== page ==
Union of India v. Vijaykumar V Iyer was the first judgement that merits consideration. One of the key questions in this case was whether the dues under the Department of Telecom ("DoT") spectrum license may be considered as operational debt. The Court replied in the affirmative, declaring the Central Government to be an operative creditor. However, the Court found that the Spectrum Trading Guidelines could not be replaced under the Corporate Insolvency Resolution Process (“CIRP”) and that the Licensor's dues could not be cleared under a Resolution Plan provision. It was determined that the spectrum could not be used without payment of the required dues, which could not be erased by activating CIRP under the Code. By making this decision, the National Company Law Appellate Tribunal (“NCLAT”) essentially established a new class of creditors within an existing class of creditors, granting the DoT specific powers not accessible to other operational creditors. Another effect of this judgement is that it distinguishes the DoT from other State actors with comparable legal standing under the Code. This violates all IBC precepts and generates a fog of misunderstanding regarding the priority of the waterfall method and the resolution.


In BSE Limited v. Asahi Infrastructure & Projects Limited, the NCLAT, noting that 'listing fees' are nothing more than 'regulatory fees,' affirmed the National Company Law Tribunal’s (“NCLT”) order striking the appellant's CIRP application for failing to pay the listing fee. Though it is impossible to criticize the Court's rationale that the IBC cannot be utilized to recover dues, as the Apex Court has often said, this is not the case with regulatory fees being excluded from the scope of operational debt. When contrasted to the judgement in UOI v. Vijaykumar, it is clear that, on the one hand, an operational debt has been granted precedence over all other debts as well as the resolution plan, while regulatory fees have been refused the protection afforded to an operational debt in the event of default.


The Madras High Court used an altogether separate logic in M/s. Ruchi Soya Industries Limited v. Union of India and Anr., holding that "a tax once ascertained to be paid in compliance with the law is a sovereign debt" and that "tax and duties levied and collected under law can never be treated as operational debt as defined in Section 5(21) of IBC, 2016." This ruling contradicts the interpretation in Section 5(21) of the Code, which specifically states that statutory dues are operational debts.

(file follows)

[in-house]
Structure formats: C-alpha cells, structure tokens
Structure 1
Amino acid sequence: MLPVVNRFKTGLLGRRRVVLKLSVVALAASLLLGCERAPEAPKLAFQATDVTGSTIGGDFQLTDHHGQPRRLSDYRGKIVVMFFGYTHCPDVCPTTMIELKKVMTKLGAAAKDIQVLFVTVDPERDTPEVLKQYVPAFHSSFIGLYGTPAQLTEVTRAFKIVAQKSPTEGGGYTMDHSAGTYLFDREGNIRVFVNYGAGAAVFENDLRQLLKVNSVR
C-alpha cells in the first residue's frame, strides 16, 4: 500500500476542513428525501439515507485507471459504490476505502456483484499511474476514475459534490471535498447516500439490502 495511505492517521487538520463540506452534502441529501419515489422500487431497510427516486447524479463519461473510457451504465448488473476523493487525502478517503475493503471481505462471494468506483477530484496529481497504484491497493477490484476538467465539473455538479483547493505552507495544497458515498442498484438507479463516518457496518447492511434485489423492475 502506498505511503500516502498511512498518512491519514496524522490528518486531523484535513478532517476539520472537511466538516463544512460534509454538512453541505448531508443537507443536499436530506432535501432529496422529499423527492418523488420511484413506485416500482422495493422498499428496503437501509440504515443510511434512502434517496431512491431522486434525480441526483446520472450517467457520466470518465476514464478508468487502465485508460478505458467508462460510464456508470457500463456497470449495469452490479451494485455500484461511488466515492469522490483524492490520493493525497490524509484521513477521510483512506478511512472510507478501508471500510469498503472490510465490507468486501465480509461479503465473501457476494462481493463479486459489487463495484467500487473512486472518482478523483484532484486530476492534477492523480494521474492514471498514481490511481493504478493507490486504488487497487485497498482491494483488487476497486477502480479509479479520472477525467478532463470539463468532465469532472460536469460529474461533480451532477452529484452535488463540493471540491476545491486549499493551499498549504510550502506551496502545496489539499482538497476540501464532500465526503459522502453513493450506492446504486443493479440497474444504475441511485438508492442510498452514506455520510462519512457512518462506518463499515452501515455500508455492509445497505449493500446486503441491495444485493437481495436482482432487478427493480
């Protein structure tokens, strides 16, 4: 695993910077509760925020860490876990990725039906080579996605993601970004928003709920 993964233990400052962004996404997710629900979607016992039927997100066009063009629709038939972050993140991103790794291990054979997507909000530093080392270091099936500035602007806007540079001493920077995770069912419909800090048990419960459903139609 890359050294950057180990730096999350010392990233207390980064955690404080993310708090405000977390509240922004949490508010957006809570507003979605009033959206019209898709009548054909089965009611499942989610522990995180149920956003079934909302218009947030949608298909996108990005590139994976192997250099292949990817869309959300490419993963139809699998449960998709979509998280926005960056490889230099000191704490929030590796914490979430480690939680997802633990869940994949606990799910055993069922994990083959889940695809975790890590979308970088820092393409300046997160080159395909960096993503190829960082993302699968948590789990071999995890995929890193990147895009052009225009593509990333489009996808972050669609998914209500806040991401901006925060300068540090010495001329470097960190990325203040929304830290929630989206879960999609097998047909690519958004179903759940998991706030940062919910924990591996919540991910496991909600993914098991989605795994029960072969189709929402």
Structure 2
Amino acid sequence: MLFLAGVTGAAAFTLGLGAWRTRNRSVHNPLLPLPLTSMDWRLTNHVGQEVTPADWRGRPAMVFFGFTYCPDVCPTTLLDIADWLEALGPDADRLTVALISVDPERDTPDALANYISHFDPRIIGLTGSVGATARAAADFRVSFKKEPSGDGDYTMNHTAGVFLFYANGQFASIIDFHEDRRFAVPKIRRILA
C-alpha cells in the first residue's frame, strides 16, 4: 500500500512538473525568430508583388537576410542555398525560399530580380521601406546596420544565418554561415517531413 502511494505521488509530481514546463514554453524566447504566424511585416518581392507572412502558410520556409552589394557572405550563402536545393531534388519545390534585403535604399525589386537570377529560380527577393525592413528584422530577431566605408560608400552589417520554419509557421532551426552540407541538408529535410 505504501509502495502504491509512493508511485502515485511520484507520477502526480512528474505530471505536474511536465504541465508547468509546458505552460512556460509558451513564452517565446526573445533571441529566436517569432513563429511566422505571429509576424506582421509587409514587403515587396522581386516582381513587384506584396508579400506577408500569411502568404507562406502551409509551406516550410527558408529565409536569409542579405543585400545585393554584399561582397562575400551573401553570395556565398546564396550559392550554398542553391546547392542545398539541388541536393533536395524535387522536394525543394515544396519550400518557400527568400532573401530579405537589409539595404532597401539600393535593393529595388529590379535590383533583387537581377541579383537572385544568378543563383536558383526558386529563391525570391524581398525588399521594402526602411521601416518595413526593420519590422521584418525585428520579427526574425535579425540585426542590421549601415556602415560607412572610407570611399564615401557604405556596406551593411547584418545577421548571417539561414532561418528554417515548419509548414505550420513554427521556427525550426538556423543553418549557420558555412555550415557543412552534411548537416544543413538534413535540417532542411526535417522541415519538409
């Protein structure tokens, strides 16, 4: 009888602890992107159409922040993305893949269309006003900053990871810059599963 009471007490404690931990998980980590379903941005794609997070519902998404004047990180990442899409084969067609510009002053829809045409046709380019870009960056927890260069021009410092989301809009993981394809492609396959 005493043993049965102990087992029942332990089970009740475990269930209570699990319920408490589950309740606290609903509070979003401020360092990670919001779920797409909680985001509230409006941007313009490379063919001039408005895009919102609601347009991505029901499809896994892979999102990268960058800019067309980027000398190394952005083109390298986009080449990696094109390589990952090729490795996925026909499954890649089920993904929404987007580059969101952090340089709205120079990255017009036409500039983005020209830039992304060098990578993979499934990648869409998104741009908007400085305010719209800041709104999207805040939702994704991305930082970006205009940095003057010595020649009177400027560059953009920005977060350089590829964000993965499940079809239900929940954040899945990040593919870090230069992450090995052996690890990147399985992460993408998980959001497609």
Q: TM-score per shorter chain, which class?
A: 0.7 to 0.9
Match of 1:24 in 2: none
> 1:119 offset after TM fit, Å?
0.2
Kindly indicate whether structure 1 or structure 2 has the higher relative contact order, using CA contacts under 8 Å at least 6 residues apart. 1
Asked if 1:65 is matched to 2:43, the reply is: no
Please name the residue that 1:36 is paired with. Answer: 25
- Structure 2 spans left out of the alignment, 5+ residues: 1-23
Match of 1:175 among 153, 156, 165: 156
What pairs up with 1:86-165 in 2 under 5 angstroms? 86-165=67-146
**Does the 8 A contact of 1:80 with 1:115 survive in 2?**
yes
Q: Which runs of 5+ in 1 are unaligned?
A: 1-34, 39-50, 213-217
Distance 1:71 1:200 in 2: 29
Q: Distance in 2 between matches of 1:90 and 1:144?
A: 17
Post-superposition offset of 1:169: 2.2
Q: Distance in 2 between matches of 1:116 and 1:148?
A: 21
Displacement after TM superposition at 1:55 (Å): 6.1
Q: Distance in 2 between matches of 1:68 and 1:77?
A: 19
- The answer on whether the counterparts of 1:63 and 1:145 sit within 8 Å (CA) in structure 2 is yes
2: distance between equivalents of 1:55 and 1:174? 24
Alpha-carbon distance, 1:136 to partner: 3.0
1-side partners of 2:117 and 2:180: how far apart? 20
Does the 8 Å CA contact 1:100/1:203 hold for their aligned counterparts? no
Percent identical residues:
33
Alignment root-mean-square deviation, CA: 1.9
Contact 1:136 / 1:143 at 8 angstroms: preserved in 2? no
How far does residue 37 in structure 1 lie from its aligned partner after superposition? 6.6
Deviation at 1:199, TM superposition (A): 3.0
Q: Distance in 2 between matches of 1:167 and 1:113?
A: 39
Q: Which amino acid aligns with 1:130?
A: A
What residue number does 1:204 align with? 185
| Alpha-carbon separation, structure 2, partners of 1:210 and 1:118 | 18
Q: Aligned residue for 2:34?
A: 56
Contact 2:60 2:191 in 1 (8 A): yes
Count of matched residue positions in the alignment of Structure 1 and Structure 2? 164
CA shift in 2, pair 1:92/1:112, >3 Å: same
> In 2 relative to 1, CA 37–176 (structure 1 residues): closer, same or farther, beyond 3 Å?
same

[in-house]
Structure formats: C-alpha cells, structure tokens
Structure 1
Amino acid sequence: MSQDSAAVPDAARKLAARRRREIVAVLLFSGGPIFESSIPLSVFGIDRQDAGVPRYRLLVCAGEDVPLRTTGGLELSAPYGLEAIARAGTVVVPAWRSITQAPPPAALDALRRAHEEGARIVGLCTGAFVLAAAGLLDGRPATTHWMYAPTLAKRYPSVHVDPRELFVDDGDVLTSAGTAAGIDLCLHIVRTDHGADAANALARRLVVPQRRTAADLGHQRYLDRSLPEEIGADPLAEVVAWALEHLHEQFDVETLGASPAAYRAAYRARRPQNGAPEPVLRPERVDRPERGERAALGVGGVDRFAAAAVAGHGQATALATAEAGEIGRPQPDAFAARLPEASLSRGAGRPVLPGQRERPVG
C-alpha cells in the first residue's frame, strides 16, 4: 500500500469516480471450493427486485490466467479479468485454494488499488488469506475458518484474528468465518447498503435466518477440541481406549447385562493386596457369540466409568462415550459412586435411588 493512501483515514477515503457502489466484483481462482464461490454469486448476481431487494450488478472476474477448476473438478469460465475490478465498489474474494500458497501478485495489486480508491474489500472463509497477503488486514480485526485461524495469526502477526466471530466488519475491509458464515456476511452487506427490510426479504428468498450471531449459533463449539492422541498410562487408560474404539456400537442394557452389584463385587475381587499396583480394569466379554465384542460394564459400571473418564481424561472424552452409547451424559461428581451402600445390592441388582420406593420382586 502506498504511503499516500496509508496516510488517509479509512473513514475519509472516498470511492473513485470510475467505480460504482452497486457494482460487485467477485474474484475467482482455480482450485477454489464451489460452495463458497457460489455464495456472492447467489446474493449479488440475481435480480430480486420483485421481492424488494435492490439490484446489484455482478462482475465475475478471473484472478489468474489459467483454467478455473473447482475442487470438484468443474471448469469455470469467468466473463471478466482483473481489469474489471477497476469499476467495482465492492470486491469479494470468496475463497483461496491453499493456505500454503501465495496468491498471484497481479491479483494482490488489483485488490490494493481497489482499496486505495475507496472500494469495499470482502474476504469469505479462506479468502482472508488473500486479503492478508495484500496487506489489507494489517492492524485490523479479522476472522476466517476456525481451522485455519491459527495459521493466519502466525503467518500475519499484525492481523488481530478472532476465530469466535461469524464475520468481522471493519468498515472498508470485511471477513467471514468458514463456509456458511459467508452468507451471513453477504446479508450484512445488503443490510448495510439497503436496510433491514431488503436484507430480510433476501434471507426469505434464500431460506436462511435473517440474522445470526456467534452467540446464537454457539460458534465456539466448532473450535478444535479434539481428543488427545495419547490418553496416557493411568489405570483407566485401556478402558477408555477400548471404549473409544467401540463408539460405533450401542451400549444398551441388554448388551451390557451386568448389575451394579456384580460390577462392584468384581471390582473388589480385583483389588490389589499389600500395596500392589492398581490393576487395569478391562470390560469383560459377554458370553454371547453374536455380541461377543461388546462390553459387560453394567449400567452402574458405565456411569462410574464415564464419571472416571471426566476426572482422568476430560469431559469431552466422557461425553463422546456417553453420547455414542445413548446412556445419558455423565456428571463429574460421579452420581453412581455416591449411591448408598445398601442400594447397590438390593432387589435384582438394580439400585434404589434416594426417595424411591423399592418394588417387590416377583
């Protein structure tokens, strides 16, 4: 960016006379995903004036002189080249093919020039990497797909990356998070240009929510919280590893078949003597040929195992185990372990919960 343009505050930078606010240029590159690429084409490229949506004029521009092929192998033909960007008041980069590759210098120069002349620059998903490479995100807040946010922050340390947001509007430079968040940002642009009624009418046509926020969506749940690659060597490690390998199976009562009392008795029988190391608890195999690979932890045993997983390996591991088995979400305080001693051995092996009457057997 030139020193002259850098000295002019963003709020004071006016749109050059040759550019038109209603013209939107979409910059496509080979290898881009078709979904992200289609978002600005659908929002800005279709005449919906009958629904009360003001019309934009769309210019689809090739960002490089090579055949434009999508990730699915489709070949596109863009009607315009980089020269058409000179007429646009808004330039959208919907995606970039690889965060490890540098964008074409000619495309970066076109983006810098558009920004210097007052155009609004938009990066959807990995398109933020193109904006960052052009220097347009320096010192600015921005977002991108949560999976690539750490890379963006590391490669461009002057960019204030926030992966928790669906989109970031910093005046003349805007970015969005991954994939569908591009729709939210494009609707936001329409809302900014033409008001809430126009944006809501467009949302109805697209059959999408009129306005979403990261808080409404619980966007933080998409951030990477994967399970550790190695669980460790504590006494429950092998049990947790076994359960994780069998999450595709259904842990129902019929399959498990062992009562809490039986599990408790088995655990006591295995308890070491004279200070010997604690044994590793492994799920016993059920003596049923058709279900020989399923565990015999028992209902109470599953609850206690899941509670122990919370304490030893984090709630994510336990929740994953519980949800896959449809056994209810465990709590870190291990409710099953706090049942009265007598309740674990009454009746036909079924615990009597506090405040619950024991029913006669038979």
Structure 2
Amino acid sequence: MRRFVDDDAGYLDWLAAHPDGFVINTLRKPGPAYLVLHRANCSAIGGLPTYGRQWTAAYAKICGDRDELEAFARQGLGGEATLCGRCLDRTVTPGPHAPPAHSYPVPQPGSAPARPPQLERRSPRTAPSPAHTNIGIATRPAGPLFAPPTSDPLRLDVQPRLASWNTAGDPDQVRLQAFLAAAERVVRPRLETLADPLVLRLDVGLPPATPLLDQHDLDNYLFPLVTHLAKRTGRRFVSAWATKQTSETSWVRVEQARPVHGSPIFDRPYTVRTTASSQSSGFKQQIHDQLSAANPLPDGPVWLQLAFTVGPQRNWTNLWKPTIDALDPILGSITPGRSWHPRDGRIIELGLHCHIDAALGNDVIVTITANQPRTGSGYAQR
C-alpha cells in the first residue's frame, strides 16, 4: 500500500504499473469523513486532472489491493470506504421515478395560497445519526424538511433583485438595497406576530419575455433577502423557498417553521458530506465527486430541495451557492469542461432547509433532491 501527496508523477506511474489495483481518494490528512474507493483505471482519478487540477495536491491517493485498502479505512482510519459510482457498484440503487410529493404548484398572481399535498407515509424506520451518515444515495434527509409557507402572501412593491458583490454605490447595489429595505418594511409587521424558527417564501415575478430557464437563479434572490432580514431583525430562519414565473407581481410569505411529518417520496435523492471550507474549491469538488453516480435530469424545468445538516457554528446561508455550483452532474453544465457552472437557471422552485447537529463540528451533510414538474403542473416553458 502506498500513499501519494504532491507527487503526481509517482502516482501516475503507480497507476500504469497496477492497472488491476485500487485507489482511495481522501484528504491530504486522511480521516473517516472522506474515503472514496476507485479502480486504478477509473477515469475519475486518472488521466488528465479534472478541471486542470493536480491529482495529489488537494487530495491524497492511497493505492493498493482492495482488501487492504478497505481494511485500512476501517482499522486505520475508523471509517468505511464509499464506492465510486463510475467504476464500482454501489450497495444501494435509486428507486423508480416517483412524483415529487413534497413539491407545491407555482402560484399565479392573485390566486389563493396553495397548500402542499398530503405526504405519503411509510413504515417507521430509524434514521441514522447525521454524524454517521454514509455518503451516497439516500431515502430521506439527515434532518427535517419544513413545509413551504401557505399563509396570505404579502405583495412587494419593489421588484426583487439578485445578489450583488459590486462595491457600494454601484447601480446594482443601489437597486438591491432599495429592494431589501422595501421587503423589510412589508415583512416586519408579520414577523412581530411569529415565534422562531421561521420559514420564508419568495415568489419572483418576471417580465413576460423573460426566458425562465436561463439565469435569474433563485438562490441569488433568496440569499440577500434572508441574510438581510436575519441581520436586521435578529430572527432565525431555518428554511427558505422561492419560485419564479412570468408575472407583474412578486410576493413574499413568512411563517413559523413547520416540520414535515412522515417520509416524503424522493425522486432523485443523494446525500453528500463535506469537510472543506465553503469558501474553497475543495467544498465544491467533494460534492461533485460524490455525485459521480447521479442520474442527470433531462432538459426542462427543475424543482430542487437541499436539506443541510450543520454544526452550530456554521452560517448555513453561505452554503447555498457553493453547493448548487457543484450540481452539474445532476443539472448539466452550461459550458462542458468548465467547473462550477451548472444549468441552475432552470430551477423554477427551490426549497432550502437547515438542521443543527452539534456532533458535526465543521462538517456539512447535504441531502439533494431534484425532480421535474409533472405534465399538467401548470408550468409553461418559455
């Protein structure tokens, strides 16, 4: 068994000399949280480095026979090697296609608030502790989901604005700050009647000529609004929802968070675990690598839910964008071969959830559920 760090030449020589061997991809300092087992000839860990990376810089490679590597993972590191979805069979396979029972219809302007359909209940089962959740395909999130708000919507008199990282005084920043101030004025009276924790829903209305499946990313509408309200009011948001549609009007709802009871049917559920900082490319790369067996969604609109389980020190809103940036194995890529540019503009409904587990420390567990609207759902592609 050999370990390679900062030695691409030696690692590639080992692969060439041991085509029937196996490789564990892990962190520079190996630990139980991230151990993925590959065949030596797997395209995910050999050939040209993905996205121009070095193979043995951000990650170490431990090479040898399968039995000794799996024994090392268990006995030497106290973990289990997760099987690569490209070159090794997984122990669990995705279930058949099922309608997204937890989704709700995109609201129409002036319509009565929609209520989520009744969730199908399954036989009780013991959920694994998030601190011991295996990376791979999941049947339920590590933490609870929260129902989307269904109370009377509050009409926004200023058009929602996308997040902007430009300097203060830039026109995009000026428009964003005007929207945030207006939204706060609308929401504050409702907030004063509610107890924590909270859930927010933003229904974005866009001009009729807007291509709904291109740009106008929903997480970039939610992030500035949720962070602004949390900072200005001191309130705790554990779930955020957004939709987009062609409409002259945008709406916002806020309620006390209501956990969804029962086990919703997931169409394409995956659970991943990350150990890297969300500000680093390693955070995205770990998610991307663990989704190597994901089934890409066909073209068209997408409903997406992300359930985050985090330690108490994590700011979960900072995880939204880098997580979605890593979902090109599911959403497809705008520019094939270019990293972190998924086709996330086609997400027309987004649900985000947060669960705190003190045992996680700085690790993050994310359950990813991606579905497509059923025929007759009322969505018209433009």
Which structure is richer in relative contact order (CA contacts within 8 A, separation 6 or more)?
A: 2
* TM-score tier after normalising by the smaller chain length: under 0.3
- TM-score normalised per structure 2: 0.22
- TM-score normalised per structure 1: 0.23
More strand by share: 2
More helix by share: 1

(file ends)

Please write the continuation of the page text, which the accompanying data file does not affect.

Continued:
The preceding judgments highlight the issues about the handling of statutory and government dues under India's bankruptcy framework. While it is commendable that such claims were labeled inferior to secured creditors' claims and unsecured creditors' financial debts in order to foster business and entrepreneurial interest, the current scenario, which results in confusion as to where these dues stand, may be troublesome.


The Road Ahead


The presence of another class of creditors has been recognized under the Code with the creation of Form F, which allows for the presentation of claims of creditors other than financial or operational creditors. In this view, the handling of statutory dues should be revisited. While it is uncontested that the legislature purposefully positioned such claims in a lower category than secured and financial debts, some rulings, as indicated above, show that there is some uncertainty regarding those statutory dues that may constitute as operational debts.


As a result, some clarification is required to solidify the legal position regarding the handling of statutory dues owed by the corporate debtor and/or successful resolution applicant, which can best be accomplished by appropriate revisions to the IBC. This will provide consistency in court/tribunal rulings in India and would encourage the idea of a "clean slate" to ensure that a successful resolution applicant is not saddled with any "undecided claims" in the future.